You know what I noticed when I was with Jacob? In your world, people can reach each other in an instant. There’s the telephone, and the fax – and on the computer you can talk to someone all the way around the world. You’ve got people telling their secrets on TV talk shows, and magazines that publish pictures of movie stars trying to hide their homes. All those connections, but everyone there seems so lonely.

There’s an honesty to the wolf world that is liberating. There’s no diplomacy, no decorum. You tell your enemy you hate him; you show your admiration by confessing the truth. That directness doesn’t work with humans, who are masters of subterfuge. Does this dress make me look fat? Do you really love me? Did you miss me? When a person asks this, she doesn’t want to know the real answer. She wants you to lie to her. After two years of living with wolves, I had forgotten how many lies it takes to build a relationship.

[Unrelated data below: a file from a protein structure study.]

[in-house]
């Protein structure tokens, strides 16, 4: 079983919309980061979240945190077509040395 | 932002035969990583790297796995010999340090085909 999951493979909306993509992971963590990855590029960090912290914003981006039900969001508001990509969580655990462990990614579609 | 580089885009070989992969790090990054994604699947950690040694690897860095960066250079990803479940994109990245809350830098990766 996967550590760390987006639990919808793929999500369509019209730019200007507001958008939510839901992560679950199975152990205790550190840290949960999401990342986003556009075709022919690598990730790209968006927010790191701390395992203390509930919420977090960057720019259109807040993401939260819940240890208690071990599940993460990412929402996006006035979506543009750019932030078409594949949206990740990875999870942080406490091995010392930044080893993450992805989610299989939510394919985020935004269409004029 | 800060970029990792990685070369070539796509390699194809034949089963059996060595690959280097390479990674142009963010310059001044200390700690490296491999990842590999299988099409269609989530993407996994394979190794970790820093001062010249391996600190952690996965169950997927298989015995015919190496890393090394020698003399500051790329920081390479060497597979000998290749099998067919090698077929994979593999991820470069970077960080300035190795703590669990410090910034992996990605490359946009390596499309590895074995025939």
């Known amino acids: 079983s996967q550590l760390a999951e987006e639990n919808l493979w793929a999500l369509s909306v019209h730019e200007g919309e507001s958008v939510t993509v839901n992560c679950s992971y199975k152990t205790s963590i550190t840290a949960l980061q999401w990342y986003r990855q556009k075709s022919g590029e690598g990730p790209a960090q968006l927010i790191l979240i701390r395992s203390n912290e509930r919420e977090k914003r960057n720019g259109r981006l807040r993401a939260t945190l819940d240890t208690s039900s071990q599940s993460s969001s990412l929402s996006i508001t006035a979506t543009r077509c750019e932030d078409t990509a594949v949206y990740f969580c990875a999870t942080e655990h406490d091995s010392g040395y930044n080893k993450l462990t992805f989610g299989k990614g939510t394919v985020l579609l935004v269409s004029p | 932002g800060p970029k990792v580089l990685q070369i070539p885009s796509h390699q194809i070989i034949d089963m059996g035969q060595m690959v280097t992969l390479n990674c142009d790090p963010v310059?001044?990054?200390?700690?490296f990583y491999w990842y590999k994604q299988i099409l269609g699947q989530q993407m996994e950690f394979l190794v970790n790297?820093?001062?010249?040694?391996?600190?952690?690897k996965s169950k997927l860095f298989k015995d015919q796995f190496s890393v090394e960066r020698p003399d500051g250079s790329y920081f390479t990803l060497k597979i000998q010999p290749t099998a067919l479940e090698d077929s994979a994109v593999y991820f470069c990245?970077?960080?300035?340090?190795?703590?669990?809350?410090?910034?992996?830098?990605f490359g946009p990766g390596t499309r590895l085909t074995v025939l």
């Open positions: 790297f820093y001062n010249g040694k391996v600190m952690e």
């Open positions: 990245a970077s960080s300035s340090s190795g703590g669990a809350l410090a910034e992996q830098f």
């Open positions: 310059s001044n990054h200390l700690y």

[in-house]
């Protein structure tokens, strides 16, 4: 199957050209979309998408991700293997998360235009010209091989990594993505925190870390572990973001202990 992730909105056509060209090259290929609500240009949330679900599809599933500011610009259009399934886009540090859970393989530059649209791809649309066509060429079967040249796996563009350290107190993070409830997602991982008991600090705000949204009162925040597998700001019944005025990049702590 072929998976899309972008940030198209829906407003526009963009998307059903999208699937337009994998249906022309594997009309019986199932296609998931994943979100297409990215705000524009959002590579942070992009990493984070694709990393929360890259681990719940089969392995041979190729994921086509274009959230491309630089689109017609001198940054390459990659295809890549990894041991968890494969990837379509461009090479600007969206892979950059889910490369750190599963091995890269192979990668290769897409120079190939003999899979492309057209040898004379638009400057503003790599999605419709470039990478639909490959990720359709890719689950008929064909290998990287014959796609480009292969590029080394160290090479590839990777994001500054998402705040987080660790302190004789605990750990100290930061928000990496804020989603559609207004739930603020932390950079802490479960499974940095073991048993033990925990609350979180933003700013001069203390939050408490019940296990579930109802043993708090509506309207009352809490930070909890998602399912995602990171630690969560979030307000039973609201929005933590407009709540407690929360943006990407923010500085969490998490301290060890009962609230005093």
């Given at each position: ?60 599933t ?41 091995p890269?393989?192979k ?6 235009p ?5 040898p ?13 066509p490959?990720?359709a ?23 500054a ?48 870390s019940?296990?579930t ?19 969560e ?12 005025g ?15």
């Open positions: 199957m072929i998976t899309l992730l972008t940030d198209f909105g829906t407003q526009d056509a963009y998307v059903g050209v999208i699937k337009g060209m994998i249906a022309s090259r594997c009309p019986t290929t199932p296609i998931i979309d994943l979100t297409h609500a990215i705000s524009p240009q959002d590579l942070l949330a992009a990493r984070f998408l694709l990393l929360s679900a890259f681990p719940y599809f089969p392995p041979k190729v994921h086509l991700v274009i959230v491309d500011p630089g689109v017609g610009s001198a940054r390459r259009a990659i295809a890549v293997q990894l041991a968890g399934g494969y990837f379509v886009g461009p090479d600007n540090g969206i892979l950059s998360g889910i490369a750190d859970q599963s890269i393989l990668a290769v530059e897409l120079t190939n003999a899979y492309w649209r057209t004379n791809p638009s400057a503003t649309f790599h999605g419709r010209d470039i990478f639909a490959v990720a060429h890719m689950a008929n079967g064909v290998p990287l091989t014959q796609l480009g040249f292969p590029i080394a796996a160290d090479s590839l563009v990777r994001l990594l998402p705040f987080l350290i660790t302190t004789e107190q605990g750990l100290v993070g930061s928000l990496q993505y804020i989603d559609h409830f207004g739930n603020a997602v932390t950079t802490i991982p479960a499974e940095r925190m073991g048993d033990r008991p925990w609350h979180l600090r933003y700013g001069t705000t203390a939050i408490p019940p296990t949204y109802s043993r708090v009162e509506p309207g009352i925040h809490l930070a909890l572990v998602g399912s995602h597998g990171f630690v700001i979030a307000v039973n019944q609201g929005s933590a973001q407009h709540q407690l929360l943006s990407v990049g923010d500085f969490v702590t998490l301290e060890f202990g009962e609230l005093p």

Later, as I got to know her, I’d realize that when she gardens, she never sees the seed. She is already picturing the plant it will become. I imagine she thought the same, meeting me.

For the first time in my life I begin to understand how a parent might hit a child ..it’s because you can look into their eyes and see a reflection of yourself that you wish you hadn’t.

I learned a long time ago with you that folks who were trying to be kind would rather do it with a macaroni-and-cheese bake than any personal involvement. You hand off a serving dish and you’ve done your job – no need to get personally involved, and your conscience is clean. Food is the currency of aid.

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